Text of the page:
Students can sign up for sessions about reducing stress
By Justin Scherzer, Current Staff
For a short time, students can put aside the stresses of a traditional school day and prioritize their personal wellness.
Several teachers at the West Bend High Schools are leading a new Wellness Wednesday program that allows students to sign up for sessions focused on relaxation, fun and the betterment of their mental health. Through the use of the online tool FlexiSched, students can opt to participate during their normal Wednesday resource time. Over the last two months, eight courses have been offered by teachers from both East and West High.
The initial idea for Wellness Wednesday was brought forth by Kara Petzold, a West science teacher.
“I thought it would be a great way to be able to take a break from our regular day and just relax,” Petzold said.
Many of the teachers offering these courses have agreed that mental health can be an issue for students, and thought it would be beneficial to give students an opportunity to have a short escape from the anxiety and stress that can occur throughout the school day.
“I think some of my students have anxiety and a lot of homework, and this is just a way for them to disconnect for a little bit before they continue on with the rest of their day,” said Laurie McElligott, an East science teacher offering adult coloring.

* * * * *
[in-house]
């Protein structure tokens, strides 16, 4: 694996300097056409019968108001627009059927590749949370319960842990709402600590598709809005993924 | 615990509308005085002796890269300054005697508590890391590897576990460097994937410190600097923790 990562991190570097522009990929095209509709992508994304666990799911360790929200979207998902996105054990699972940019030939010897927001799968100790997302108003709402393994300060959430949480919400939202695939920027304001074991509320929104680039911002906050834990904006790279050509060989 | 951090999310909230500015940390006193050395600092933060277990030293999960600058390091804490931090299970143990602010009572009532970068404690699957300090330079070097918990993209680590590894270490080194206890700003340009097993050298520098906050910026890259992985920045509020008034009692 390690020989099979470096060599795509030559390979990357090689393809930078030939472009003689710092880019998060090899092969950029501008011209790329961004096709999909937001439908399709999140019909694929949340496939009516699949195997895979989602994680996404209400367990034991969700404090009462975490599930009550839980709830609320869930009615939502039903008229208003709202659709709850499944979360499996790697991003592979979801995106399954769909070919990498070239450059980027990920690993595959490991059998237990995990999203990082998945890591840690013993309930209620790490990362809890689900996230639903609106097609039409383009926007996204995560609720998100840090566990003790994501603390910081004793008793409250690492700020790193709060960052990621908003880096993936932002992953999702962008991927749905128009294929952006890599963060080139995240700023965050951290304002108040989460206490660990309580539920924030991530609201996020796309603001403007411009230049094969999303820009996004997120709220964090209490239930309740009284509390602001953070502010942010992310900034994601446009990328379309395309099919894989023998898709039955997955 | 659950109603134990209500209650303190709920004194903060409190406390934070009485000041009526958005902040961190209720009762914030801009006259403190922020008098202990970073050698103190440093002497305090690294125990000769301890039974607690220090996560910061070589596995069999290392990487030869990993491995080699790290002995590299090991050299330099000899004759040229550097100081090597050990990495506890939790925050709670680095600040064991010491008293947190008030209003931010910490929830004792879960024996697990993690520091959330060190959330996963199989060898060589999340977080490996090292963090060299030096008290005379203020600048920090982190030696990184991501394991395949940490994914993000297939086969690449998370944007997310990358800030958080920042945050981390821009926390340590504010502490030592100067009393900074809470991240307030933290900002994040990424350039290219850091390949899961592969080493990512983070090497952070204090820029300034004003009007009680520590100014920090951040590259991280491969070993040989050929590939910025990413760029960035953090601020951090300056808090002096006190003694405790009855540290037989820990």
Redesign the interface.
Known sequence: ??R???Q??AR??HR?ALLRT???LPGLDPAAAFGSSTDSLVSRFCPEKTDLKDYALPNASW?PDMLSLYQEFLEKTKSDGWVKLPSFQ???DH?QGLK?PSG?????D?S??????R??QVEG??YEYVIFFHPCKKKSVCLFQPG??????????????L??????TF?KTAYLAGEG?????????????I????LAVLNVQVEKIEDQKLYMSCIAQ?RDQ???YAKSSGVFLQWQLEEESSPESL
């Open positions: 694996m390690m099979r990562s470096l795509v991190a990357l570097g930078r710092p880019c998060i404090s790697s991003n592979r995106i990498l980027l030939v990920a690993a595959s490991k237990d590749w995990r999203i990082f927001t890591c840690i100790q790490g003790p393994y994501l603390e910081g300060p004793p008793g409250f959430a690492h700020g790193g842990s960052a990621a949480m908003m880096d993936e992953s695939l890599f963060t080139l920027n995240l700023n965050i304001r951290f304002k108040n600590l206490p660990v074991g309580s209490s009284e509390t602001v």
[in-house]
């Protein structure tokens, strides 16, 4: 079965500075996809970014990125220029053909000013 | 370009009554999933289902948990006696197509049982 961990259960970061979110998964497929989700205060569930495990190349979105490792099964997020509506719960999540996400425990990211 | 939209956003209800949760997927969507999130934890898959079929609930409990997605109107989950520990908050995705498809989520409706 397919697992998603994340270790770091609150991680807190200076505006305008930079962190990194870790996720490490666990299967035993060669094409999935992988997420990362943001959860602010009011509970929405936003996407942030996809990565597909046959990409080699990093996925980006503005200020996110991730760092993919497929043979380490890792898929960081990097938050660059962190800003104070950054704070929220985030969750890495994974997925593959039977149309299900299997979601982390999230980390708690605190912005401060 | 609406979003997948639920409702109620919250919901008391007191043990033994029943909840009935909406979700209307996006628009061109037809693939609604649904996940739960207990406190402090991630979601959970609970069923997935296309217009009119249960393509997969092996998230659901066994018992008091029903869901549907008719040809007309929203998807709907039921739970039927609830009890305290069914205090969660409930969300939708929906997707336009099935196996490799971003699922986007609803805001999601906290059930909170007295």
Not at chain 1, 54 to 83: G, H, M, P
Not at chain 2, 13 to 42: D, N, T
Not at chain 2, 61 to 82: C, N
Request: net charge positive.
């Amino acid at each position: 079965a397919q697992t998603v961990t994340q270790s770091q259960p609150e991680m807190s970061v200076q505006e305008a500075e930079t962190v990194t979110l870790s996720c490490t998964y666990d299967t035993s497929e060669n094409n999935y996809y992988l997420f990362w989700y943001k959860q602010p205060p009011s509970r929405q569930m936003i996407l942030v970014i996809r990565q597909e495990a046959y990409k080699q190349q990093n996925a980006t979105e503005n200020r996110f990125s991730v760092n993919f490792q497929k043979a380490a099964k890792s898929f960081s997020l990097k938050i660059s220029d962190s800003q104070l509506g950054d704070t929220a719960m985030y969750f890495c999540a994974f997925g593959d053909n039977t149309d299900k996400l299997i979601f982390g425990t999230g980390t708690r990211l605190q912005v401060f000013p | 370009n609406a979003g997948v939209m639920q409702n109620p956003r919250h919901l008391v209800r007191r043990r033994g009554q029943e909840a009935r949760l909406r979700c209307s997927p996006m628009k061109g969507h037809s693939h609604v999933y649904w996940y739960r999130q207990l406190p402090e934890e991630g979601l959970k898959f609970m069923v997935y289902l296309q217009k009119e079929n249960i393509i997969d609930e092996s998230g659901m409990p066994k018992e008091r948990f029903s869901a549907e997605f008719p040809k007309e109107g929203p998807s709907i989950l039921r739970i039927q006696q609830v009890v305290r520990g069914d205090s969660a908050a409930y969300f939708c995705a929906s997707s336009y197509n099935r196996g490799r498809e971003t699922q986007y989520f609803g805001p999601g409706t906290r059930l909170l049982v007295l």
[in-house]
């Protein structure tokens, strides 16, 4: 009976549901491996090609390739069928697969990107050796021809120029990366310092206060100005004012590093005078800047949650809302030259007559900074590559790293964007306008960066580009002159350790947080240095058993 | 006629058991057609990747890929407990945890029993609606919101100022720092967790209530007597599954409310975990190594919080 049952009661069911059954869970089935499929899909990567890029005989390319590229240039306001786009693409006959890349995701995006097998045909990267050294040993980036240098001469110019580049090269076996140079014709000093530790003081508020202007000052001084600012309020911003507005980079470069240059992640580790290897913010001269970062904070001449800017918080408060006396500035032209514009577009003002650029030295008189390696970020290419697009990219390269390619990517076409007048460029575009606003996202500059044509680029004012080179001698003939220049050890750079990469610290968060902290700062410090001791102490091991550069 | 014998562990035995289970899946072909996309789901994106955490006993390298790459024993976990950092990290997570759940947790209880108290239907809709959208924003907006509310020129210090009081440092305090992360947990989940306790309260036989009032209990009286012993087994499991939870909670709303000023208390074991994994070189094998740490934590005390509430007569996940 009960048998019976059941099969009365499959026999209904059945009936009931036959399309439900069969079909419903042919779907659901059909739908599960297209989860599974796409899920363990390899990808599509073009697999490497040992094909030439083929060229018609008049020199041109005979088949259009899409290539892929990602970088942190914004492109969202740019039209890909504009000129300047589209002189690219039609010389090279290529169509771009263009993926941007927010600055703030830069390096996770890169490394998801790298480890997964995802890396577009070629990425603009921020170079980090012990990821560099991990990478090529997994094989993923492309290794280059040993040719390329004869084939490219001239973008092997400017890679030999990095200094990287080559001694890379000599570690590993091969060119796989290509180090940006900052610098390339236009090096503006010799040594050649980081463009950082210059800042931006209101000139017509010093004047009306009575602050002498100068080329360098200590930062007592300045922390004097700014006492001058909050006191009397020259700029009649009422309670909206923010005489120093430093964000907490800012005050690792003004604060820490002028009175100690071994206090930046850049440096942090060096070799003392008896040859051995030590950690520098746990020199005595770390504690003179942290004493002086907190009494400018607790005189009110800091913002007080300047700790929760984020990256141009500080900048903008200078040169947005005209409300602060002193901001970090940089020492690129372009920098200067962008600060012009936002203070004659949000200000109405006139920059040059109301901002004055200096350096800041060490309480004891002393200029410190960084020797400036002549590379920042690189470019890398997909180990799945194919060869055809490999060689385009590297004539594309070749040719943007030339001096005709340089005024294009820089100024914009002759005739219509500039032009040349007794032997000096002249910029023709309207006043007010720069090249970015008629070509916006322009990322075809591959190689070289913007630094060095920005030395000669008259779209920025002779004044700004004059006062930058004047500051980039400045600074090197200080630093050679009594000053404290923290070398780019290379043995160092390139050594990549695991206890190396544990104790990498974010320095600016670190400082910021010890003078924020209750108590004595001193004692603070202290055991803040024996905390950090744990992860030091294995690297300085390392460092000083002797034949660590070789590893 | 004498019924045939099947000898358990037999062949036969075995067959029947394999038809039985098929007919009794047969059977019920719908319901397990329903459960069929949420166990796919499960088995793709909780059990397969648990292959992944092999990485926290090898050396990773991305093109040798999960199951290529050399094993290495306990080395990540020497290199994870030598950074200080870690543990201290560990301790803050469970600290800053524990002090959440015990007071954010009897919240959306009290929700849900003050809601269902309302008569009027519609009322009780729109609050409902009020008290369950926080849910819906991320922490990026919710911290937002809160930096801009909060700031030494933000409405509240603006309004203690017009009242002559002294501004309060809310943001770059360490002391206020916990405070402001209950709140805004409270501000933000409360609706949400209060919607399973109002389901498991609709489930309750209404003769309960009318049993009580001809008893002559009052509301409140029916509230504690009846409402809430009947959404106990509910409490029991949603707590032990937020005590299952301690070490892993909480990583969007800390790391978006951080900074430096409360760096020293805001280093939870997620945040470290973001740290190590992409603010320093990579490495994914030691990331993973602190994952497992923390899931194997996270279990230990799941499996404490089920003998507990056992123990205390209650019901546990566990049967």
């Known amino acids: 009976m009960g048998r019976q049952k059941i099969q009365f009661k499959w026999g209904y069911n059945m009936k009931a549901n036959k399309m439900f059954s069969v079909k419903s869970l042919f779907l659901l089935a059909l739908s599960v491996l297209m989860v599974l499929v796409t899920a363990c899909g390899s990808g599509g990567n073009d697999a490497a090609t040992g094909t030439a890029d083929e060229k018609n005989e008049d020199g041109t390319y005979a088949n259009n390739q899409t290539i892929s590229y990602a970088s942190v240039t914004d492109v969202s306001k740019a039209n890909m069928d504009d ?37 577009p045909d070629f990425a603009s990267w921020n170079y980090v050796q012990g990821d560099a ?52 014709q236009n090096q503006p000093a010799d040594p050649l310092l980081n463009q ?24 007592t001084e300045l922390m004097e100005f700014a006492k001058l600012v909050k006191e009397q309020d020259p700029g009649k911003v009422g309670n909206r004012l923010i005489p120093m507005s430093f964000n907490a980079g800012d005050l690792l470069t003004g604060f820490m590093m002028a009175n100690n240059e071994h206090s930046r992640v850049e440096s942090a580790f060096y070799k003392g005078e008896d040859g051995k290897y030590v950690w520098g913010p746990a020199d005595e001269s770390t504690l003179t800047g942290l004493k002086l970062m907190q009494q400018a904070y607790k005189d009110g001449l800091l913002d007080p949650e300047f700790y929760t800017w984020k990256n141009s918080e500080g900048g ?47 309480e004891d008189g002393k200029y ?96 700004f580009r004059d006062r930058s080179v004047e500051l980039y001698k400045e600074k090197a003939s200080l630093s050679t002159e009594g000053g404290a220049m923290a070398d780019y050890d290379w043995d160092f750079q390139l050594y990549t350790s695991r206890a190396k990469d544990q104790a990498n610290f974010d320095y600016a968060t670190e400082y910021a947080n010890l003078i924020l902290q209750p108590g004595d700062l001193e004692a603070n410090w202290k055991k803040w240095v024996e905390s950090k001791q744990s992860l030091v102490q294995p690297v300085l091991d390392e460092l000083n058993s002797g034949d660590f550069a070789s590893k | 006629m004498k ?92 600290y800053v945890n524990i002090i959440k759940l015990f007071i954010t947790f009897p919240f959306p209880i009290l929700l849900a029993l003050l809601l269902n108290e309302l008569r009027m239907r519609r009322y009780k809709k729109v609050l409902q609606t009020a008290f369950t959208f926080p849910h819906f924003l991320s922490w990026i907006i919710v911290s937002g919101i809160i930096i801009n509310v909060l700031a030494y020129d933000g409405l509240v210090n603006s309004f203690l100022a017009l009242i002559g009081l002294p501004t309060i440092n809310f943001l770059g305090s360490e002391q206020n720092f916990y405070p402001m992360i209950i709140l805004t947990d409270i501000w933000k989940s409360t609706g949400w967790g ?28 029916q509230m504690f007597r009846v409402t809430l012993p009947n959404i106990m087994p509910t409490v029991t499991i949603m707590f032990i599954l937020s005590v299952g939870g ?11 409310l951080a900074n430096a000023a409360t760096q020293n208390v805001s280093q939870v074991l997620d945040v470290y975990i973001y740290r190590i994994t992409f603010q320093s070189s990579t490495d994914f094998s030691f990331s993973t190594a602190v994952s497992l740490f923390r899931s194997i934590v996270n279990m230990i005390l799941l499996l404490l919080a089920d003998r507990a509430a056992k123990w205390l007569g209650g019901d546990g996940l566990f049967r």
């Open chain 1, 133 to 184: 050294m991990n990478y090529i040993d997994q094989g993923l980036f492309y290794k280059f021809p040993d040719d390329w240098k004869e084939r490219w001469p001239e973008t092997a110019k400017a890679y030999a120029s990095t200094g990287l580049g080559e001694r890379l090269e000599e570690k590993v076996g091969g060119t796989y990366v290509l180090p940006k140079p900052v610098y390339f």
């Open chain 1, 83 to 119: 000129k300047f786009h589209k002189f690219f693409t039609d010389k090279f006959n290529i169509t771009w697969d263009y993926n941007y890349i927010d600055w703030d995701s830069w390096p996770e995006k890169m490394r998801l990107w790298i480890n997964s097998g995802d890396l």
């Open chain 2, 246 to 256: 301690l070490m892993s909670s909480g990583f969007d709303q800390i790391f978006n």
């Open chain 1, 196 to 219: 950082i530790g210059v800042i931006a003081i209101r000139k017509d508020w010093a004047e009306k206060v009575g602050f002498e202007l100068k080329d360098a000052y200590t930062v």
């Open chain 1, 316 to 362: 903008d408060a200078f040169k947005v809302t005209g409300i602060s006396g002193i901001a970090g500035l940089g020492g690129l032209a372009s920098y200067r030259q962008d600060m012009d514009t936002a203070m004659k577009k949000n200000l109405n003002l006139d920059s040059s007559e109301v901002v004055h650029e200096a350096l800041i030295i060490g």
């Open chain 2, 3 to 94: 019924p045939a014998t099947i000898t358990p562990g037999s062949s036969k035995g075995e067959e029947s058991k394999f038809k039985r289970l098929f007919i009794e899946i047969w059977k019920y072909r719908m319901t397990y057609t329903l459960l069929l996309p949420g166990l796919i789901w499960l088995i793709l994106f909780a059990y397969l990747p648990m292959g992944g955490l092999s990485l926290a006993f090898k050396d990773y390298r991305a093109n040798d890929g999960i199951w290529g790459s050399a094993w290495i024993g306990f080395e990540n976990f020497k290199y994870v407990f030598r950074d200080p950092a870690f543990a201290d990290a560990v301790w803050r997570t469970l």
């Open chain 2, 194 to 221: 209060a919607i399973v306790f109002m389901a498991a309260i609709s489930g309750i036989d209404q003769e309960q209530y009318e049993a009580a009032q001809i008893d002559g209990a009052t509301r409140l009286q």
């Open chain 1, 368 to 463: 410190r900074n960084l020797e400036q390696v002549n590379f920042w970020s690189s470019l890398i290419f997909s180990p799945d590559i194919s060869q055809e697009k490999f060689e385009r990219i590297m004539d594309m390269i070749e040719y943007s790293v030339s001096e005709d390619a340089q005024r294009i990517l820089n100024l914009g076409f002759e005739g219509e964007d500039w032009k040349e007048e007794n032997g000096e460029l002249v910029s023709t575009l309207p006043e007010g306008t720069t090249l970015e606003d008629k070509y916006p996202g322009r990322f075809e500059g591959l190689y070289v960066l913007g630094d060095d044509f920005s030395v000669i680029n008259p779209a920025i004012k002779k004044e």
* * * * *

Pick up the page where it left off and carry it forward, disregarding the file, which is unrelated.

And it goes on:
“A lot of students get stressed out and have no idea on what they could do to relax,” said Gail Rathsack, an East English teacher offering yoga.
For the most part, the first two months of Wellness Wednesday have been seen as a success by teachers and students alike. The teachers leading the classes say they have found there has been much enthusiasm from students participating.
“This session has been going great!,” said Jennifer Johannsen, an East assistant principal offering a course on mindfulness.
“Those who are here are really enjoying it and are very interested in the topic,” Petzold said.
East junior Jacob Schwechel says it’s been a good time.
“It gives me that half hour in the school day to sit back, relax and let myself go,” Schwechel said.
However, for many of the wellness classes offered, student attendance has been fairly low so far. As a result several of these teachers are working on developing and altering their programs in order to increase student interest and awareness of the opportunities.
“I sense that many students likely need to use the time to do their work,” said Tiffany Gitter, a West English teacher offering theatre and improv games. “I also have a feeling that the communication to students did not happen as it could have.”
Petzold agrees that the program needs better promotion.
“I think it’s always difficult to start something in the middle of the year, but I am hoping to get the word out a little bit more,” she said. “If we continue this next year, we could get started right away and hopefully get a higher attendance.”
As the year progresses, both students and teachers are hoping to develop Wellness Wednesday further and create new courses.
“Maybe when it’s warmer there could be a class offering walking and getting outside,” East junior Sommer Schneider said.
Petzold says that the sessions don’t have to be teacher-generated. She hopes that in the future students will sometimes take the lead.
(Top image: English teacher Gail Rathsack leads students with a yoga video on Jan. 10. Photo by Justin Scherzer, Current Staff.)